It's not just a problem for gay people but when consumerism runs rampant it can stunt our futures. Here are a few tips from a financial planner to negotiate around those uncontrollable urges to keep up with the Fabulous Gay Joneses.
By David Rae Certified Financial Planner™ Accredited Investment Fiduciary™
If you would rather look rich than actually become wealthy, then stop reading now. If, on the other hand you actually want help to reach your financial goals - you do have financial goals, don't you? - here are a few tips that can help you maintain a great lifestyle while also enjoying that lifestyle going far into the future.
One of the great joys of our gay culture is a heightened appreciation of things; things to do, things to see, things to have, things to buy. And we particularly love the latest things. But the flipside of that coin is that it can be tough to keep spending under control. My favorite quote from Fight Club sums it up perfectly: "We buy things we don't need, with money we don't have, to impress people we don't like."
There is another way.
David Rae's Five Financial Commandments to help achieve Fiscal Fabulousness
1) Spend less than you make: Seems pretty obvious, right? But don't we all have at least one gay friend with a busy social life, heavy travel schedule and incredible wardrobe but with thousands of dollars of debt?
Repeat after me: Carrying balances on credit cards is a great way to kill your chances of creating wealth. It's not how much you make, but how much you keep that drives wealth accumulation. Also, with no emergency fund, small balances on credit cards can quickly spiral out of control. By paying off your balance and eliminating having to pay credit card interest, you'll actually have more money to spend in the long run.
2) Ignore the Gay Joneses:
We all suffer from some status envy, but often those status symbols are merely mirages. They're not real. Living in West Hollywood, I can tell you that looks are deceiving. That gorgeous guy driving a Bentley may actually be living out of that Bentley too. And how many of the "Real Housewives" have had their cars or even houses repossessed? Not to mention jail time. Nothing to envy about that.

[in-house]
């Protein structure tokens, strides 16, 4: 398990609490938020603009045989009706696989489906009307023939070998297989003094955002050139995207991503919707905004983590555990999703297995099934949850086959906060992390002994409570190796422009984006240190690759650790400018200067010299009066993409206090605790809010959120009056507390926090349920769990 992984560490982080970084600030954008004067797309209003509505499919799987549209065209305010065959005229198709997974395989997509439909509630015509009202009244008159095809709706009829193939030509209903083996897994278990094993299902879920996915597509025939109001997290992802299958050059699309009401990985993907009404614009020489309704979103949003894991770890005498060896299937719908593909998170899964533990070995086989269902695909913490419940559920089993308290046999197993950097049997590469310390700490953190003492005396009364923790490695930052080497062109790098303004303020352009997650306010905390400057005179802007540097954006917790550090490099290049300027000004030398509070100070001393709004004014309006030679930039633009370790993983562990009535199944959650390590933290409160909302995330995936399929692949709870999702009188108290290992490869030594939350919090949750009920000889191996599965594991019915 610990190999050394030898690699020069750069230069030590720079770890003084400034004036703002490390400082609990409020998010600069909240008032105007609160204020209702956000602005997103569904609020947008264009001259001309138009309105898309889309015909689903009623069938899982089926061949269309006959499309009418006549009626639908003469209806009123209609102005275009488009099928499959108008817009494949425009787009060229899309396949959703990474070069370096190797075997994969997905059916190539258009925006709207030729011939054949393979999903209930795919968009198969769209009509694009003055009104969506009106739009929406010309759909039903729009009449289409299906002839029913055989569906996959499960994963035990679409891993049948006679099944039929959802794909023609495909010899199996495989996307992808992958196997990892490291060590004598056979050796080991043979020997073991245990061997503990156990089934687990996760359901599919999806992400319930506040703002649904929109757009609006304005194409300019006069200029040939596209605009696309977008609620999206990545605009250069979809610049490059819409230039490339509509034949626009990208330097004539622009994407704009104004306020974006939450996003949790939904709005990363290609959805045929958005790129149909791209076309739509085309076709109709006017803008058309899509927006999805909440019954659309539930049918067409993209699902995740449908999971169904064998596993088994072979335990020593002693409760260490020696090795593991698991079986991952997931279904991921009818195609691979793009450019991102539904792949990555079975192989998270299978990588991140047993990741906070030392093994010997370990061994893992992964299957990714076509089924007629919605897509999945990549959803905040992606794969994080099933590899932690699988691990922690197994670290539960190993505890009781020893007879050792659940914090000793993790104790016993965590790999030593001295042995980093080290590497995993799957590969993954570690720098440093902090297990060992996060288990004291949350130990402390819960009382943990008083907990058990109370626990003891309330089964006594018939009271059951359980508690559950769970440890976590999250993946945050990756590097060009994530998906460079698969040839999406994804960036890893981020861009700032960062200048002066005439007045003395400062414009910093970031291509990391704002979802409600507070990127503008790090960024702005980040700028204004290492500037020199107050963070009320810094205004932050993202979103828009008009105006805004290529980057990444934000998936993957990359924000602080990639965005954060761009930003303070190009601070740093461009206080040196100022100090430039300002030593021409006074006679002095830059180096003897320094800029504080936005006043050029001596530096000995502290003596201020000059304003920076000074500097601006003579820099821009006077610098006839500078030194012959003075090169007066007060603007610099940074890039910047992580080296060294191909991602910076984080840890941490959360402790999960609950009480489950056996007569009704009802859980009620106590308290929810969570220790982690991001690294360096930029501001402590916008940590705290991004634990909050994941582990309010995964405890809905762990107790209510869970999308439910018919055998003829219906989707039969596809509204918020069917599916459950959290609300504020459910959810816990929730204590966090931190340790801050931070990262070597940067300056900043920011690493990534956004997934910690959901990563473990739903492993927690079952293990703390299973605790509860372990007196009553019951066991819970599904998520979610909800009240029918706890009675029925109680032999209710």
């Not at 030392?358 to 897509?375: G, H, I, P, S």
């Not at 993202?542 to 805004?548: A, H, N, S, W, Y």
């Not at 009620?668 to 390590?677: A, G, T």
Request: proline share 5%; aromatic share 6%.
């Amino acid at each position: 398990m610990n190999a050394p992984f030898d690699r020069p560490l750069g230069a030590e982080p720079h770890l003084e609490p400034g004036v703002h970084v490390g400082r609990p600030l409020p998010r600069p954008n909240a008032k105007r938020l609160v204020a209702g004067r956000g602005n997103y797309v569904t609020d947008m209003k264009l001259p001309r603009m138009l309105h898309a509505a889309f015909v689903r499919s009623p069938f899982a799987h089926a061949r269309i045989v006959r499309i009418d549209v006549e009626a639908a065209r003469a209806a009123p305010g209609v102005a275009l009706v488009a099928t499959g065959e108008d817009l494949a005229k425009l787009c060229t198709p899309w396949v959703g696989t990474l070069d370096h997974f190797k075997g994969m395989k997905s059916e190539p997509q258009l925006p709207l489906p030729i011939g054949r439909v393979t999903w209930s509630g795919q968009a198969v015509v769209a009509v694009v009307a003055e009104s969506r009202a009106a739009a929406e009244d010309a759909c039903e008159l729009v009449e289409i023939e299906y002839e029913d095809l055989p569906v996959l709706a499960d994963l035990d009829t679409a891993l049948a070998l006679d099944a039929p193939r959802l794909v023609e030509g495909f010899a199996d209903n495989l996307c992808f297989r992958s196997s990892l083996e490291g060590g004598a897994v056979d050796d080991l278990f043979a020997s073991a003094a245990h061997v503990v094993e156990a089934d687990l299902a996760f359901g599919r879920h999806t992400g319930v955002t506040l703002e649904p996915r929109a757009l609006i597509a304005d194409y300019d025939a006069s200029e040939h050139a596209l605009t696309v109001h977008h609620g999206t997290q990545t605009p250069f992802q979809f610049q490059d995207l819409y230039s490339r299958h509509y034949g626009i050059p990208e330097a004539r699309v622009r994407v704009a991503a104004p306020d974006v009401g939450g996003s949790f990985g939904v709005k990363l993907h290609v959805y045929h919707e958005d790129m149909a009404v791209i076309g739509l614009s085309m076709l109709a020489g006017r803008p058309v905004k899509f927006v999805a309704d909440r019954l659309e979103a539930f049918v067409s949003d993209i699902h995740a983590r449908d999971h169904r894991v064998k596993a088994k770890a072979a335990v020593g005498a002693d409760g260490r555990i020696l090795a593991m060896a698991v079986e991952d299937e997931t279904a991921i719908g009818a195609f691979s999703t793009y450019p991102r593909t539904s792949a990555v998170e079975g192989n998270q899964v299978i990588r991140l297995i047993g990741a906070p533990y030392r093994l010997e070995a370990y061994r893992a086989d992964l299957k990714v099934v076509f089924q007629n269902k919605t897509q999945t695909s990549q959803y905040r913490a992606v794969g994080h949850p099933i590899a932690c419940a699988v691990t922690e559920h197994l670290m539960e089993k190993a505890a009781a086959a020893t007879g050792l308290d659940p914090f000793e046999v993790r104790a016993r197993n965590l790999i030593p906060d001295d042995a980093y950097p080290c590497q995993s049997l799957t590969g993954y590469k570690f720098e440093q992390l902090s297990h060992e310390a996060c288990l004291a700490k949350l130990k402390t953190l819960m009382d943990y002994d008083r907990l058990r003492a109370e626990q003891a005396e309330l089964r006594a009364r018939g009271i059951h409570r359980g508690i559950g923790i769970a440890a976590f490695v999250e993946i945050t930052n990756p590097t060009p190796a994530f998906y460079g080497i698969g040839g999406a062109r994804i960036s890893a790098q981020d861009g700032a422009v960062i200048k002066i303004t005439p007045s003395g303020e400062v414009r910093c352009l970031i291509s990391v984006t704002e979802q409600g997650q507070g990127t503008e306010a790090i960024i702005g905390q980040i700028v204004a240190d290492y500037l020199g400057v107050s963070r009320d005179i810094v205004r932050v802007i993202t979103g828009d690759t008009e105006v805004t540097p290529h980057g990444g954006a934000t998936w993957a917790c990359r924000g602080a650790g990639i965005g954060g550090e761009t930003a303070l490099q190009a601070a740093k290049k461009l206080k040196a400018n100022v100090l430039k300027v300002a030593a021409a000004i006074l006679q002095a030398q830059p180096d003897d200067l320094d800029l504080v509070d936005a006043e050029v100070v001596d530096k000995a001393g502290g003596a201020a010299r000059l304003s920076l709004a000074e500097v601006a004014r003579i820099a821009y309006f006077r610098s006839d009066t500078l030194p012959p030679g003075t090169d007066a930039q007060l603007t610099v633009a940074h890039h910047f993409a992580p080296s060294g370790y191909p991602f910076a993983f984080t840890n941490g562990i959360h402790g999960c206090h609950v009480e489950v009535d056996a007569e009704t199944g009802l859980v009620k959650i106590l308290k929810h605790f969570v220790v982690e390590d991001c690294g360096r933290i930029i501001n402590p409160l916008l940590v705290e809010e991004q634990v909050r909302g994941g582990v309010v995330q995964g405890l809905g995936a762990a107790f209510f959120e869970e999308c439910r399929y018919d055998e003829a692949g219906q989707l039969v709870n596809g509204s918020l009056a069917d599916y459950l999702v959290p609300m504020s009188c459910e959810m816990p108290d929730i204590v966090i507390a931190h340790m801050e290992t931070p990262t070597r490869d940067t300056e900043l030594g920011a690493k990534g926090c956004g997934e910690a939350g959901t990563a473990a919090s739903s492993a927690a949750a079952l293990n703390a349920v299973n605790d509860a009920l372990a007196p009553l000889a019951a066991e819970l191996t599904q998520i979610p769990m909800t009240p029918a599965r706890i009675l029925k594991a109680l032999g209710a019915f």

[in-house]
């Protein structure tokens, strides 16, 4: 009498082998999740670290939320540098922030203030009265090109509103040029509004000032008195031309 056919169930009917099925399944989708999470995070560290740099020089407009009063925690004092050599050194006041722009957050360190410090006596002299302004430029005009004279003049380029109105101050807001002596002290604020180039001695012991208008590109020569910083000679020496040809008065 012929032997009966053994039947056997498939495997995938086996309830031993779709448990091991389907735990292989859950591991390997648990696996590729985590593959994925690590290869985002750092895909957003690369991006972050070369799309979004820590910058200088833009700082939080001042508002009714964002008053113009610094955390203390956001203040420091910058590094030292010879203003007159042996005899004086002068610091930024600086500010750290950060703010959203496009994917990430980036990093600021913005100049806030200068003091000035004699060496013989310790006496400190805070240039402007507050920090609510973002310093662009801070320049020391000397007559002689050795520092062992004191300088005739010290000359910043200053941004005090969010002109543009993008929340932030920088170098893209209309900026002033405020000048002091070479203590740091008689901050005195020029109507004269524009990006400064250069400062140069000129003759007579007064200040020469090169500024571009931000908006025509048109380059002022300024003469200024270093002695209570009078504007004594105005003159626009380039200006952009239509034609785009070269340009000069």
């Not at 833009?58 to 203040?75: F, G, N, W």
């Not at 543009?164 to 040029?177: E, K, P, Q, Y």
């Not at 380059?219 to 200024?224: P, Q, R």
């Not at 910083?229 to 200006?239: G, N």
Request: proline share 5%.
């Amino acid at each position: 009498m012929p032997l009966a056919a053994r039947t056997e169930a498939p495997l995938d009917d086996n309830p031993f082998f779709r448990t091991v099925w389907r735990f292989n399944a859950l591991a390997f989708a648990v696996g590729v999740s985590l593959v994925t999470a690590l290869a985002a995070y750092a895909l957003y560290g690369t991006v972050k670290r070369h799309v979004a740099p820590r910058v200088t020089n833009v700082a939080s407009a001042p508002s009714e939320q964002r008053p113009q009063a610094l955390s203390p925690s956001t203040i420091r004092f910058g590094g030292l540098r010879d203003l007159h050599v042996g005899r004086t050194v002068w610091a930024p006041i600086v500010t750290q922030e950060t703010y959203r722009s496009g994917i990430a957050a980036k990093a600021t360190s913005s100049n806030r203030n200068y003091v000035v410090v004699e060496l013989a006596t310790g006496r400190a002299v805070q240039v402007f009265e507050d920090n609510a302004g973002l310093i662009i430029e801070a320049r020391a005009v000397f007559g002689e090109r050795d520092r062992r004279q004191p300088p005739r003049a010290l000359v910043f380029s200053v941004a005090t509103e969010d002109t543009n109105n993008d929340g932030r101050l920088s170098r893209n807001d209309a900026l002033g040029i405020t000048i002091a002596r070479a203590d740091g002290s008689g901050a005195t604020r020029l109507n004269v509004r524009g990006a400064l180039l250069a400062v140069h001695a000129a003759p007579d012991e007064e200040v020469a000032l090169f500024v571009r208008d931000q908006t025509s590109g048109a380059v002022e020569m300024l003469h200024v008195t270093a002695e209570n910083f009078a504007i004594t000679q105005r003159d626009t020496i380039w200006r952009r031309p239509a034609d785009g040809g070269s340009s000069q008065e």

So only spend what makes sense for your pocketbook. And if you're worried that you'll lose friends because you're not rocking the latest pair of $500 sunglasses, maybe it's time to get some new friends.
3) Brush up on your bargain-finding skills:
Like a lot of gay people, I love to travel. I also love to get a great deal and often shop around for major purchases. (My husband counts himself lucky that I actually find this enjoyable.) Last year a few friends headed out for a trip. I bought my flight in advance and got a pretty good deal. One friend procrastinated and found himself stuck in a middle seat, squeezed between two hefty Midwesterners, for almost double what I paid. We both went to the same place but he got no added value for the extra expense.
A dollar saved is better than a dollar earned (and no taxes are due on savings). To think of it another way, the more you save in one area like flights, the more money you'll have to spend on fun things like dinner with friends or, it kills me to say this, $500 sunglasses.
4) Understand that need and want are not the same thing:
It really amazes me how often people confuse these two things. For example: "I want the new iPhone 6" is not the same as "My cell phone died, I need a new one." Yes, it's true. You read it here first.
5) Pay yourself first by saving automatically:
Set up an automatic deposit into a saving account, retirement account or even a mutual fund. Make it automatic and treat it like it's a bill. If you never see the money because it's tucked safely away earning interest, it'll less likely to tempt you into spending it.
You may be surprised how you don't miss the money, and how quickly it adds up.
You can even use this trick for short-term goals like a vacation. Think of how much
more fun you could have knowing your Atlantis Cruise or Provincetown stay is paid in
full, in advance and without coming home to a mountain of debt.
These are just a few basic steps you can take right now to help get you moving in the right direction financially, and on the road to true financial security. Working with a fiduciary financial planner to map out your financial goals can help you get on track to setting and achieving your goals.
Whether you are just entering the work force, about to retire or anywhere in between, the best advice I can give you now is to get your head out of the sand, pay yourself first and start accumulating wealth now. Being a fiscally fabulous gay may be more challenging for some than others - but hey, who says you're not up for a challenge? -- but no one's ever said "I wish I had I'd starting saving later or saved less." Ever.
As always, surround yourself with people who help your light shine bright and Be Fiscally Fabulous!
DAVID RAE, CFP®, AIF® is a Los Angeles-based retirement planner with Trilogy Financial based in Los Angeles, a regular contributor to the Advocate Magazine and a financial adviser proudly serving friends of the LGBT community for over a decade. For more information visit his website www.Davidraefp.com
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Securities and advisory services offered through National Planning Corporation (NPC), Member FINRA/SIPC, a Registered Investment Adviser. Additional advisory services offered through Trilogy Capital, a Registered Investment Adviser. Trilogy Capital and NPC are separate and unrelated companies. All opinions reflect those of the author and not necessarily NPC.